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Uncertainty, Extreme Outcomes and Climate Change: a critique

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Building upon the work of Pindyck(2012), I show how different assumptions regarding the utility and damage functions can support the immediate adoption of a stringent abatement policy. I employ an additive rather than a multiplicative form for the utility function and a damage function that accounts for extreme climate change. Using the distribution for temperature change and the economic impact provided by Pindyck (2012), based on information from the IPCC (2007) and recent IAMs, I estimate a simple measure of “willingness to pay". My specifications lead to significantly higher estimations for the WTP than in Pindyck and in some extreme cases to a value close to 1. Although one could not strongly argue which is the right specification for the model, the analysis suggests that seemingly small differences in modelling can have very different policy implications.

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  • Arvaniti, Maria, 2016. "Uncertainty, Extreme Outcomes and Climate Change: a critique," CERE Working Papers 2016:11, CERE - the Center for Environmental and Resource Economics.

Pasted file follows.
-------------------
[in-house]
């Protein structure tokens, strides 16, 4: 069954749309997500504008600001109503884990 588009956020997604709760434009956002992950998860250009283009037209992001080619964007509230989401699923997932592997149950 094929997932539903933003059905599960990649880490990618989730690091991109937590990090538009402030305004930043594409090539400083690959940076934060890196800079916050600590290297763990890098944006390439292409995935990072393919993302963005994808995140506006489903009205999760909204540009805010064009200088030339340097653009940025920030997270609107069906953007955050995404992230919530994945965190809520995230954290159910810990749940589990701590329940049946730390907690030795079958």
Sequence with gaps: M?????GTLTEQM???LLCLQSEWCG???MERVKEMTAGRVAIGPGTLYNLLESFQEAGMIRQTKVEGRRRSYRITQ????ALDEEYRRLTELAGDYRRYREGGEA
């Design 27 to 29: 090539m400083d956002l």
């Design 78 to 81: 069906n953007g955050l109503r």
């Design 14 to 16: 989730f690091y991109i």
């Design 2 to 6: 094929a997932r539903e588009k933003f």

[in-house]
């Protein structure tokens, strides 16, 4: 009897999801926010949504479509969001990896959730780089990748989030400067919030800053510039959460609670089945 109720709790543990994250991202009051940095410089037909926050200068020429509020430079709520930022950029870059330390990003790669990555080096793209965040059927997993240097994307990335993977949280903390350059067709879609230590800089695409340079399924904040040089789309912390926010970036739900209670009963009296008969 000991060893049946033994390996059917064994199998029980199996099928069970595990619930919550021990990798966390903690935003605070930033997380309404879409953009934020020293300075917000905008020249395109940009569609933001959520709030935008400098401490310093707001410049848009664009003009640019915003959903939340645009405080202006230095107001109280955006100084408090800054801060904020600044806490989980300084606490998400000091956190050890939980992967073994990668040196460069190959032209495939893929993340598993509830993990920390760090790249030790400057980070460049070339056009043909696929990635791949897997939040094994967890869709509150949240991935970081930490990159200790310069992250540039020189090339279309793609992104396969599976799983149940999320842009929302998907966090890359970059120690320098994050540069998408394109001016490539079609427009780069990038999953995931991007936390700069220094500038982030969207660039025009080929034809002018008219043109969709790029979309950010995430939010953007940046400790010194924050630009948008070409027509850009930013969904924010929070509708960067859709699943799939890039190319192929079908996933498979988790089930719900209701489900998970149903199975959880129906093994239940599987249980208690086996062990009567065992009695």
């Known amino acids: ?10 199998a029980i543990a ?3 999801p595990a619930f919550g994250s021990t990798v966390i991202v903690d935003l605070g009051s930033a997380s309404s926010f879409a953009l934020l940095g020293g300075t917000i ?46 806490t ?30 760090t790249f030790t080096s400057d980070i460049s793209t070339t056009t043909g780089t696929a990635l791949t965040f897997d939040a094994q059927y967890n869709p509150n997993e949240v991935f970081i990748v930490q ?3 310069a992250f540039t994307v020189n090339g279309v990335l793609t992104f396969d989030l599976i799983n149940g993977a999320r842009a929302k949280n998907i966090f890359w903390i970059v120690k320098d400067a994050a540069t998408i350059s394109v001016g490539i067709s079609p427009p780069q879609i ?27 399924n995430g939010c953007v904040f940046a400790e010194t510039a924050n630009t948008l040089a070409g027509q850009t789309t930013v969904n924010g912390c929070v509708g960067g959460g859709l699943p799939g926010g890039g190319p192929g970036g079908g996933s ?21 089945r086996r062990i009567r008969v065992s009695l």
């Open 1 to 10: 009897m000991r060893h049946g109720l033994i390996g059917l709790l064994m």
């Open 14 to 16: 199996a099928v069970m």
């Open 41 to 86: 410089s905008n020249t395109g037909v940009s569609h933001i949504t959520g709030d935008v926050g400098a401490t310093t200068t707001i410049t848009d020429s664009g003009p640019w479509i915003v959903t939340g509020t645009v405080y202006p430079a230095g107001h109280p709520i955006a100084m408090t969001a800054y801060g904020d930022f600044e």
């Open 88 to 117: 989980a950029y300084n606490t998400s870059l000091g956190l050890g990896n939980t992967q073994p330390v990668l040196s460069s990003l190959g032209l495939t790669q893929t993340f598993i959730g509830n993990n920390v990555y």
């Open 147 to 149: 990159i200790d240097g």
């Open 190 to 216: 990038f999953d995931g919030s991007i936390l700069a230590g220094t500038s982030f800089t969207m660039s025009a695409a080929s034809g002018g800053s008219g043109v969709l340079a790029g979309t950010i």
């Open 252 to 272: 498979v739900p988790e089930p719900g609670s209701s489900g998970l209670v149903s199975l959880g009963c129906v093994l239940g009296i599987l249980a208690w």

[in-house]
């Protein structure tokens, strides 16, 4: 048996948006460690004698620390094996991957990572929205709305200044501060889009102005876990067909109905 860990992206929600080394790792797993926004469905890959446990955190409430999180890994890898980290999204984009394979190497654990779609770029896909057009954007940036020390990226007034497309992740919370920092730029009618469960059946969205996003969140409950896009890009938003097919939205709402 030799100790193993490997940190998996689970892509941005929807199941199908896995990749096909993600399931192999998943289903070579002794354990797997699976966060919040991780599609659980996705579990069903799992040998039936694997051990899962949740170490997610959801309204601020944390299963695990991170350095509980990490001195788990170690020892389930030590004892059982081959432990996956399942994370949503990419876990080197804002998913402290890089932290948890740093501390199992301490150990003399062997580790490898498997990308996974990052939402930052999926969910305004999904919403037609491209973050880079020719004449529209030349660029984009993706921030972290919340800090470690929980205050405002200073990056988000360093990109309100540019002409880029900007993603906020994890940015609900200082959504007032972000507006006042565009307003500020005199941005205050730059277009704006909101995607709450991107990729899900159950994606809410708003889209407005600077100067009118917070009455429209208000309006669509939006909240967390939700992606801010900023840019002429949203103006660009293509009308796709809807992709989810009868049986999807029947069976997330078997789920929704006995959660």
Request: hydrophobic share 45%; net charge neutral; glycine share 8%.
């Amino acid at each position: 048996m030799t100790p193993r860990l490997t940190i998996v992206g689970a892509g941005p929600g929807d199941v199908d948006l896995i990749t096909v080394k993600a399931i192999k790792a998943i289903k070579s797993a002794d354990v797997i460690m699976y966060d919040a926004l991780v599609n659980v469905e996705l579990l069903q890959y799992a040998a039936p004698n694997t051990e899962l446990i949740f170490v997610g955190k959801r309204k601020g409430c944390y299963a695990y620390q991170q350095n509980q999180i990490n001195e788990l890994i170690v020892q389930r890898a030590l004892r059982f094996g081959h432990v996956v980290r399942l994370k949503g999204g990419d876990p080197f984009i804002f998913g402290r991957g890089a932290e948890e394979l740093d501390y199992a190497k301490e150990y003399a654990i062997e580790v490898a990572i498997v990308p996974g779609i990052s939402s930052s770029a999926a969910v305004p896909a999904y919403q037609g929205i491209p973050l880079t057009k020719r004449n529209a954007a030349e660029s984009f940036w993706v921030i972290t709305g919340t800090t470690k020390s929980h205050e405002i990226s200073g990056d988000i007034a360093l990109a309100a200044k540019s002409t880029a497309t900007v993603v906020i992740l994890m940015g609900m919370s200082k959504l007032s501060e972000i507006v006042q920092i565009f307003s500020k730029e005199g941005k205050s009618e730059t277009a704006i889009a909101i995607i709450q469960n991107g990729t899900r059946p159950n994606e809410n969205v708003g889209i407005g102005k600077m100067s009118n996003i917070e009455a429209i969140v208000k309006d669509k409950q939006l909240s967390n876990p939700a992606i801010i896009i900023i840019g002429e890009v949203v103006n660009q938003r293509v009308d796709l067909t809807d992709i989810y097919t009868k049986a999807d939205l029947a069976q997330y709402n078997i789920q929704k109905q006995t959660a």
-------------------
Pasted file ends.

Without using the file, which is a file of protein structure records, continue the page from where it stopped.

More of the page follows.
• Handle: RePEc:hhs:slucer:2016_011
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    More about this item

    Keywords

    environmental policy; climate change; uncertainty; catastrophic outcomes; willingness to pay;
    All these keywords.

    JEL classification:

    • Q54 - Agricultural and Natural Resource Economics; Environmental and Ecological Economics - - Environmental Economics - - - Climate; Natural Disasters and their Management; Global Warming

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